I'm not sure about that many kids growing up idolizing Lebron style of play.


Basketball is a team sport. The end.

1 v 1 is a fun practice novelty, but the fundamental basketball skill from Day 1 has been the pass. When you start focusing on a variation of the sport too simplistic to include passing, you start talking about something that's literally not what the game has ever been.
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Re: RealGM 2020 Top 100 Project: #2 

Post#75 » by Doctor MJ » Sat Oct 17, 2020 4:03 pm

2klegend wrote:Wow Lebron edges out Jordan @ GOAT?? That is crazy to think considering 10 years later, people will forget the legacy of Lebron than MJ.


You need to start conceptualizing all-time player comparisons with the recognition that there are many, many different lists that can be made based on different attribute focus.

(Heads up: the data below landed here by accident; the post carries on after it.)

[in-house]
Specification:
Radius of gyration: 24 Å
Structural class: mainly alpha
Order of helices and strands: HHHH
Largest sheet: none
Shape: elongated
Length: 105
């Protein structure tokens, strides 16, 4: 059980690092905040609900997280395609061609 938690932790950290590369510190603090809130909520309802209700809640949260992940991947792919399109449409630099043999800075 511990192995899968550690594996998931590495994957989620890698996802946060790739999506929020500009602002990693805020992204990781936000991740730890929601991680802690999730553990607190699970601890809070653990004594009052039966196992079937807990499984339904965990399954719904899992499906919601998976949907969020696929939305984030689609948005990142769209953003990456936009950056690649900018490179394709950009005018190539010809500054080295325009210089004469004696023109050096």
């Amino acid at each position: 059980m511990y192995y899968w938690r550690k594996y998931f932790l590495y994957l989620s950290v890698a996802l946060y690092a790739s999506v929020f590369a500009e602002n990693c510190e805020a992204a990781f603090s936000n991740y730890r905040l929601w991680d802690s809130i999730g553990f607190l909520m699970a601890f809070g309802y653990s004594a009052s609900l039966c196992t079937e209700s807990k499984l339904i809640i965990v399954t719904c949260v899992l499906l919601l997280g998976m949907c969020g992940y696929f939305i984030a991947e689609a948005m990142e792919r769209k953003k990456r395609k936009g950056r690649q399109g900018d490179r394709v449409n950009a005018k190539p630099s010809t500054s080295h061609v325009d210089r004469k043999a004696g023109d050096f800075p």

What you're talking about is essentially culture significance to basketball. We can make lists on that, but this Top 100 has never focused on that, which is why George Mikan not only isn't a lock for Top 5, but isn't even really considered.

I've seen your subsequent posts where you described this as only one facet of a larger whole for player comparison. What you need to understand, other than the fact that you're focusing here on something that's not what's being emphasized, is that it is inherently subjective how much to weight each of these aspects of things.

We can disagree on how impactful a player's scoring ability is, but we all tend to at least see a player's scoring ability as something that tends to dramatically shape what he can accomplish on the basketball court. When we get into domains such as the one you're speaking to here, the person-to-person, there's just going to be a lot of variance.

And you've got to accept that variance if you want to have good discussions where people can learn from each other. You've got to recognize when you're starting to talk past each other and at least try to just agree to disagree.